Washington Post columnist Charles Krauthammer:
I have been uncharacteristically silent these past ten months. I had thought that silence would soon be coming to an end, but I’m afraid I must tell you now that fate has decided on a different course for me.
In August of last year, I underwent surgery to remove a cancerous tumor in my abdomen. That operation was thought to have been a success, but it caused a cascade of secondary complications — which I have been fighting in hospital ever since. It was a long and hard fight with many setbacks, but I was steadily, if slowly, overcoming each obstacle along the way and gradually making my way back to health.
However, recent tests have revealed that the cancer has returned. There was no sign of it as recently as a month ago, which means it is aggressive and spreading rapidly. My doctors tell me their best estimate is that I have only a few weeks left to live. This is the final verdict. My fight is over.
I wish to thank my doctors and caregivers, whose efforts have been magnificent. My dear friends, who have given me a lifetime of memories and whose support has sustained me through these difficult months. And all of my partners at The Washington Post, Fox News, and Crown Publishing.
Lastly, I thank my colleagues, my readers, and my viewers, who have made my career possible and given consequence to my life’s work. I believe that the pursuit of truth and right ideas through honest debate and rigorous argument is a noble undertaking. I am grateful to have played a small role in the conversations that have helped guide this extraordinary nation’s destiny.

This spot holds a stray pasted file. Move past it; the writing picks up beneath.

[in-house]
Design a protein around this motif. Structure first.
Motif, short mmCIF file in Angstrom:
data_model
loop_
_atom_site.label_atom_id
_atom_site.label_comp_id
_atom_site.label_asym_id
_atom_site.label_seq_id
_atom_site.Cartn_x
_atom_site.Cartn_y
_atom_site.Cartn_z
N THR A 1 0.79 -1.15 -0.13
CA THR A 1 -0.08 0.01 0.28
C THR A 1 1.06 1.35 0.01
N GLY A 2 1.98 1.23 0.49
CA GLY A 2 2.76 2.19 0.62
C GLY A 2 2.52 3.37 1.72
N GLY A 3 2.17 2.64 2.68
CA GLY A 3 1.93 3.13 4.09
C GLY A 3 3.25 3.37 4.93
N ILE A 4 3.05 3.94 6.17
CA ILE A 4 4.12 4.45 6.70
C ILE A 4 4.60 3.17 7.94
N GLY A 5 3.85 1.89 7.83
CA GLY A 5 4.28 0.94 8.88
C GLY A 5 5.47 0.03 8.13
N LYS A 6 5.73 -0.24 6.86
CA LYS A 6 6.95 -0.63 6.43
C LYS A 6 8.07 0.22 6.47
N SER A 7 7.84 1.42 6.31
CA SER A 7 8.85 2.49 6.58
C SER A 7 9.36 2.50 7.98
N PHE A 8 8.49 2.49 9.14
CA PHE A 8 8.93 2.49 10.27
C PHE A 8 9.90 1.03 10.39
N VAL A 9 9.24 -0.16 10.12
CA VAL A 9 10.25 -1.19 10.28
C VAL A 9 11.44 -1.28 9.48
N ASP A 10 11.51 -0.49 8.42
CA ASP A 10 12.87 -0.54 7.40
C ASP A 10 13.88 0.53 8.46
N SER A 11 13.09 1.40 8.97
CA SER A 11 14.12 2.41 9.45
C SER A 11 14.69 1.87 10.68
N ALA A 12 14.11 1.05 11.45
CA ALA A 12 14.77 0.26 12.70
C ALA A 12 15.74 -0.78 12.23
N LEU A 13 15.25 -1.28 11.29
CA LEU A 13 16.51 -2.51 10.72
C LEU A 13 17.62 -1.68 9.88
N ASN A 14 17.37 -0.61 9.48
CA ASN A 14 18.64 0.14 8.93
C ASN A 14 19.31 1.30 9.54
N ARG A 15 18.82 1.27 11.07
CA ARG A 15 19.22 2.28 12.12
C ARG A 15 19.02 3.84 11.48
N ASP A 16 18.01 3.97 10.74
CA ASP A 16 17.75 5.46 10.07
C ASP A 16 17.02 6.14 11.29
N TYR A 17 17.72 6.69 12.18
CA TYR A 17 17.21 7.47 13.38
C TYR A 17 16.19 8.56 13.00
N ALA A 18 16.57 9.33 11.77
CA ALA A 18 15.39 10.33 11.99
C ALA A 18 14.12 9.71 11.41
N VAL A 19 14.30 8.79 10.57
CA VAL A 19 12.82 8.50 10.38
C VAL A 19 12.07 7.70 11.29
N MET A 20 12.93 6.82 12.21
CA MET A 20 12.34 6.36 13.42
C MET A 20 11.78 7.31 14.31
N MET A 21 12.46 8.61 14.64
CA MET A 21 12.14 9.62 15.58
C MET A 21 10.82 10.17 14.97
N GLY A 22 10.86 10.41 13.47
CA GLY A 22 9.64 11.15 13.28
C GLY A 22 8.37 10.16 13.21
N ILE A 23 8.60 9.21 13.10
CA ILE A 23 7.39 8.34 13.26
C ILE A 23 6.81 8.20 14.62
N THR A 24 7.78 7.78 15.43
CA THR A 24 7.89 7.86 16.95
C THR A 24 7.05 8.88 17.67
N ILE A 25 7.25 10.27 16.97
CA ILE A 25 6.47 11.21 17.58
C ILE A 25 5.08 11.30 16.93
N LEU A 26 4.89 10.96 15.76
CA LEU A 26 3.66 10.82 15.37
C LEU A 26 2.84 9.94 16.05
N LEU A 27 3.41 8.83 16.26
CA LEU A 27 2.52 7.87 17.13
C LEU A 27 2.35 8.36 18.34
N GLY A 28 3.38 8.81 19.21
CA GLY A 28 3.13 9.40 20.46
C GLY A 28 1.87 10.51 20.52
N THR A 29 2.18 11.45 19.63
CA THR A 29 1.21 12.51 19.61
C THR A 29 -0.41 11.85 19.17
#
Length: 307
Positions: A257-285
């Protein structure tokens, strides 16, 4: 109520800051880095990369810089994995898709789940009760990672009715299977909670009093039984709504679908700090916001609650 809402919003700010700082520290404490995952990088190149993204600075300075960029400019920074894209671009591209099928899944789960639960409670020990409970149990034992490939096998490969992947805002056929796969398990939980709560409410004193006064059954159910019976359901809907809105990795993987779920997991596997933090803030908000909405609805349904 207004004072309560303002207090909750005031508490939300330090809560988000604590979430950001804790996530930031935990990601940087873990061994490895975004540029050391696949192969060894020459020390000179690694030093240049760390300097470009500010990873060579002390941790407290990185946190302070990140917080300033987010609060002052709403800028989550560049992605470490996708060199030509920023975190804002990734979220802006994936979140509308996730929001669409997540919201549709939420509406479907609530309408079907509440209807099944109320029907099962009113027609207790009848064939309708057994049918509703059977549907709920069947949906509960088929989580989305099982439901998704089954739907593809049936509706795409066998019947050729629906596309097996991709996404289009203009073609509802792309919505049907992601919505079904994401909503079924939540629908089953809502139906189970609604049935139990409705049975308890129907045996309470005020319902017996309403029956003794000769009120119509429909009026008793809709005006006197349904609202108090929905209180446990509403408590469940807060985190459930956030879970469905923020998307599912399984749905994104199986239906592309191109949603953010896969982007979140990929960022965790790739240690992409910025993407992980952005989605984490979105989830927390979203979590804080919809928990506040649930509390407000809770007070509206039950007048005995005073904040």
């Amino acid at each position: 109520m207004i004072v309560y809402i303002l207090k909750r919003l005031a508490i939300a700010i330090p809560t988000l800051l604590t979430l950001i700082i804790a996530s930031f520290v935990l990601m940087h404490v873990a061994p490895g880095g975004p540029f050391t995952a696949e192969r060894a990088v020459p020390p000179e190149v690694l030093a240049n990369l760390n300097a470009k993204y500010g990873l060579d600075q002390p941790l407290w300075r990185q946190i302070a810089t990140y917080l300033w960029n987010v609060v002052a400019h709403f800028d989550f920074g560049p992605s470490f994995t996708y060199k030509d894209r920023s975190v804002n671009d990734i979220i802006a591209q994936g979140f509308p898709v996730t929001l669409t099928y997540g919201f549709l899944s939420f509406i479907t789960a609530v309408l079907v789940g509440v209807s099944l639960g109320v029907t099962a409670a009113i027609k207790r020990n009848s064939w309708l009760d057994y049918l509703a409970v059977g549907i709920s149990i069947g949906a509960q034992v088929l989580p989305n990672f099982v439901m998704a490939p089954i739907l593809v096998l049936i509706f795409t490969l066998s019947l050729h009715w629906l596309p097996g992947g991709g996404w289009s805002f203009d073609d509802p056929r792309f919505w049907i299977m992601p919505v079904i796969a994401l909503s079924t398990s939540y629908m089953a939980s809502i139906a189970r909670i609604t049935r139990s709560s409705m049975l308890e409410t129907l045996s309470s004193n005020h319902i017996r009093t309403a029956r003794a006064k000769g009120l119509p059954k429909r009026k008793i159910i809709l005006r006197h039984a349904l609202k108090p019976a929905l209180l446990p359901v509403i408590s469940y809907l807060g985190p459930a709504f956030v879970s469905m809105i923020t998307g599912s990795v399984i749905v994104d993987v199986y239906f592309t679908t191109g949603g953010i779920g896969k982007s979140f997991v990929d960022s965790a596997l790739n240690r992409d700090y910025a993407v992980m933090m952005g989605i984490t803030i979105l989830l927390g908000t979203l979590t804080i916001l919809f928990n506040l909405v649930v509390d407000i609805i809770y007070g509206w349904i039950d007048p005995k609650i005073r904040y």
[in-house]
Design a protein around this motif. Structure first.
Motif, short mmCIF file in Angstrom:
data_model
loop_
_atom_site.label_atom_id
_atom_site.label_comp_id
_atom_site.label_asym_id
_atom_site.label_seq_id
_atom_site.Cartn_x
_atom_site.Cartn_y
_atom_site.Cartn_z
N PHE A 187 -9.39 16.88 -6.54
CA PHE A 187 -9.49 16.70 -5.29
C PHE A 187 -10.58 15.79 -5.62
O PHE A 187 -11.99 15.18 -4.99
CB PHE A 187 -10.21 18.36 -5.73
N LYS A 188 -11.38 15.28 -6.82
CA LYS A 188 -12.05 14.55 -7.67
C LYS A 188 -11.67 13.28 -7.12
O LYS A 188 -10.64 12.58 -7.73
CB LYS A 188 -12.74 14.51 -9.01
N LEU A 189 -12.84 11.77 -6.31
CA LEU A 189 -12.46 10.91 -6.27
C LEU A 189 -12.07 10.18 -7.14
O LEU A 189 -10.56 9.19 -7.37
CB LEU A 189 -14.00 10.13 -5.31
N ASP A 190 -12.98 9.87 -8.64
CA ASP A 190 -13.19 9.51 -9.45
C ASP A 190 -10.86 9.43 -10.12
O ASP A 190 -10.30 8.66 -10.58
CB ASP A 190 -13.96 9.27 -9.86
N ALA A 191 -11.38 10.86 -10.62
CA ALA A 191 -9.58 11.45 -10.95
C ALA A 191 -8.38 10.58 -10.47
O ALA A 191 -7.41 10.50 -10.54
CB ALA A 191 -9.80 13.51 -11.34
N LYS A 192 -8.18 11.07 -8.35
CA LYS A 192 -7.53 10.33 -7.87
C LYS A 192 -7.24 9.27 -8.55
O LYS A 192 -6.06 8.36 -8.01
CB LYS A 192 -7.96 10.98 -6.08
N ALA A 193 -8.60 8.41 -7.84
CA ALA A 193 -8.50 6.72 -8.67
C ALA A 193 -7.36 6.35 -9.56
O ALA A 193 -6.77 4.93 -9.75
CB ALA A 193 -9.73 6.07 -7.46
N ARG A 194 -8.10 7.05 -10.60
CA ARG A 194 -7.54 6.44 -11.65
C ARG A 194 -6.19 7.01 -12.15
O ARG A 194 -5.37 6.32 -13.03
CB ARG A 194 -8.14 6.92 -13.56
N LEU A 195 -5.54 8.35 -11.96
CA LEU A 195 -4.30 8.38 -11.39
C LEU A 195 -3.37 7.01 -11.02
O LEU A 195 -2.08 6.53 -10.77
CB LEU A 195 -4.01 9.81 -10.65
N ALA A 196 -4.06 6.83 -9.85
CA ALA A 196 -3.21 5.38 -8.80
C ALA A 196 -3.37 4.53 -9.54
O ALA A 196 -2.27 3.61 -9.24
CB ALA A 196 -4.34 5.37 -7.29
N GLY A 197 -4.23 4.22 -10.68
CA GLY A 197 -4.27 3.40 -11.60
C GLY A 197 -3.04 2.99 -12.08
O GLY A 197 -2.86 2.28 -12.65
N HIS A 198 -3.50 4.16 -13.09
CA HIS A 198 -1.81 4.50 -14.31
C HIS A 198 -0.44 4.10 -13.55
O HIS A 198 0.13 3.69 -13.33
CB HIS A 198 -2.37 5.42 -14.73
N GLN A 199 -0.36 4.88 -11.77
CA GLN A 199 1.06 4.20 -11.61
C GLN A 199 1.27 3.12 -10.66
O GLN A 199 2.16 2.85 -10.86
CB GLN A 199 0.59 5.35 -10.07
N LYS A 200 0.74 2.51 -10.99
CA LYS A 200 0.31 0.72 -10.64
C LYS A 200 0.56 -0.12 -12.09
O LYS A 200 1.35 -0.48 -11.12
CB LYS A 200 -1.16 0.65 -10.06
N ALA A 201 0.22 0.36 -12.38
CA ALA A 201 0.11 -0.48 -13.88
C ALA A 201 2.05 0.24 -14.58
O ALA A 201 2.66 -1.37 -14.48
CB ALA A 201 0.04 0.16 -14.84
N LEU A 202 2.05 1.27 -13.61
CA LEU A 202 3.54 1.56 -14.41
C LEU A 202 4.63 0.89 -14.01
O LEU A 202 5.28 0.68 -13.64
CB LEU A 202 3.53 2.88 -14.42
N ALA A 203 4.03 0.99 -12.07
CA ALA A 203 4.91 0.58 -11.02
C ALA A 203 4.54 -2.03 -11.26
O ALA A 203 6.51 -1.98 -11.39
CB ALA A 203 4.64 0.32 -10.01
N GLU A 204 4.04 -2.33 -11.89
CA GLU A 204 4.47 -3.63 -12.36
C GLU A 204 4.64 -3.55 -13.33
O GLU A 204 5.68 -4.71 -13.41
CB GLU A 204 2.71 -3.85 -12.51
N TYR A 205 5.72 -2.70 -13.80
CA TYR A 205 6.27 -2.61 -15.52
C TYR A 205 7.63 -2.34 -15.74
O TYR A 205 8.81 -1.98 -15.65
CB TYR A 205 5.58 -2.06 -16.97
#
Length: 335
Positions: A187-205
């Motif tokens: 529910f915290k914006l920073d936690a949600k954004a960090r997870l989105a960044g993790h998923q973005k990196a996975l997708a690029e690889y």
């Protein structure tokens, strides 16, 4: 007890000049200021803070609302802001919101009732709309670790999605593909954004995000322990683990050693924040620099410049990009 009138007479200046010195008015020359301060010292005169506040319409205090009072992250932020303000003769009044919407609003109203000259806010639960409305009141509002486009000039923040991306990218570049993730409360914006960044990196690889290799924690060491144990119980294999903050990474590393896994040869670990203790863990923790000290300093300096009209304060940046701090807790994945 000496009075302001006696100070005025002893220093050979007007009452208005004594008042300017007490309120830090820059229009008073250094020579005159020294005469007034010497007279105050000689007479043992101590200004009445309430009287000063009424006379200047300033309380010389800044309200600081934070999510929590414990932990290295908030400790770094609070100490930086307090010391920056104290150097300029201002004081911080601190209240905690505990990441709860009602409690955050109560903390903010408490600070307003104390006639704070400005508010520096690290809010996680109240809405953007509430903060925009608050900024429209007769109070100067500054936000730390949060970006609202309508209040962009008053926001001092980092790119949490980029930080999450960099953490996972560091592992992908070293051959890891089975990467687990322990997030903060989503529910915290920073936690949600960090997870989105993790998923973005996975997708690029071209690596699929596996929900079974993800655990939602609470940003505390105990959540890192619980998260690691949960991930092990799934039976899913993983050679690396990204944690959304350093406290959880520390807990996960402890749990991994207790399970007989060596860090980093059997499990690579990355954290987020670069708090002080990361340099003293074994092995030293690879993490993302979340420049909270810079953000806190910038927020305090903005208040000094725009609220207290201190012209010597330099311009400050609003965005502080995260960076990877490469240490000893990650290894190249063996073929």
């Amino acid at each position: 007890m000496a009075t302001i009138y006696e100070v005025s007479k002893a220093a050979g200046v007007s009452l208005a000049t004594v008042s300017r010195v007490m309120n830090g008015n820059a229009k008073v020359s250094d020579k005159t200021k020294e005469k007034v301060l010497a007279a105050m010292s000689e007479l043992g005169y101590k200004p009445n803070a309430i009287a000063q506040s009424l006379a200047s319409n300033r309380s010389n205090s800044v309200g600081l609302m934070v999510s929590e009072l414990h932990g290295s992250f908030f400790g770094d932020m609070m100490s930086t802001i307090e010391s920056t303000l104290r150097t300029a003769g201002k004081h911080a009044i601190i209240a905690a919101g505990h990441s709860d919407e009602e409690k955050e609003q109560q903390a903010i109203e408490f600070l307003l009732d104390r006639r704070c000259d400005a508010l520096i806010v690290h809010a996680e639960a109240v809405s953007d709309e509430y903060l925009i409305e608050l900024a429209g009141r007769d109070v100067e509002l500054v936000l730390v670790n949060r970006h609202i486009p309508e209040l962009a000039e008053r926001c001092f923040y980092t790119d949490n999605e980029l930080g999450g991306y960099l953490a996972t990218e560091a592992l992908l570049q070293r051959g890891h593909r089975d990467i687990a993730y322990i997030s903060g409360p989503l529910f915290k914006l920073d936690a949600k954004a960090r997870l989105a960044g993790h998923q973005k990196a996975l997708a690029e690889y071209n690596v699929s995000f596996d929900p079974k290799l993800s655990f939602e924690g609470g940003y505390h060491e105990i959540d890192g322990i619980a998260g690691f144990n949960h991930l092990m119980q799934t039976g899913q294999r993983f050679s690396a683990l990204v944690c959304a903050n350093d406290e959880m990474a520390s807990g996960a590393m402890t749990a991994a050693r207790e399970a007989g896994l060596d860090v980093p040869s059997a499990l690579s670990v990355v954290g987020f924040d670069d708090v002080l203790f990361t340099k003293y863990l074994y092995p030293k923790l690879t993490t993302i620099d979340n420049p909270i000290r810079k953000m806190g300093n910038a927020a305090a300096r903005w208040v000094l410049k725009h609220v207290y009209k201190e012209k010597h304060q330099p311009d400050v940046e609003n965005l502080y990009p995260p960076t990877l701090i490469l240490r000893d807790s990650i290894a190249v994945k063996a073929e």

I leave this life with no regrets. It was a wonderful life — full and complete with the great loves and great endeavors that make it worth living. I am sad to leave, but I leave with the knowledge that I lived the life that I intended.
Krauthammer’s employers at the Post wrote:
A physician by training, Charles tells all of us, in a statement we publish today, that he accepts their verdict and will depart sadly but without regrets. He also asks us, and his friends at Fox News, not to embarrass him with flowery tributes. With difficulty, we will respect his request. We know we speak for many of you when we say that nothing and no one can replace him. Charles wrote for the right reasons. Lord knows — and presidents, from right to left, can attest — he didn’t seek invitations to White House dinners or other badges of approval from the powerful. He sought, rather, to provoke us to think, to enlarge our understanding, at times to make us laugh.
Those last four sentences are an epitaph worth aspiring to, and something seen far too infrequently in the punditsphere.
Fox News posts Krauthammer’s greatest hits:
GETTING IT RIGHT
“I decided to become a writer so I could write about politics, because I thought that’s the most important thing one can involve oneself in. In the end, all the beautiful, elegant things in life, the things that I care about, the things that matter, depend on getting the politics right. Because in those societies where they get it wrong, everything else is destroyed, everything else is leveled.”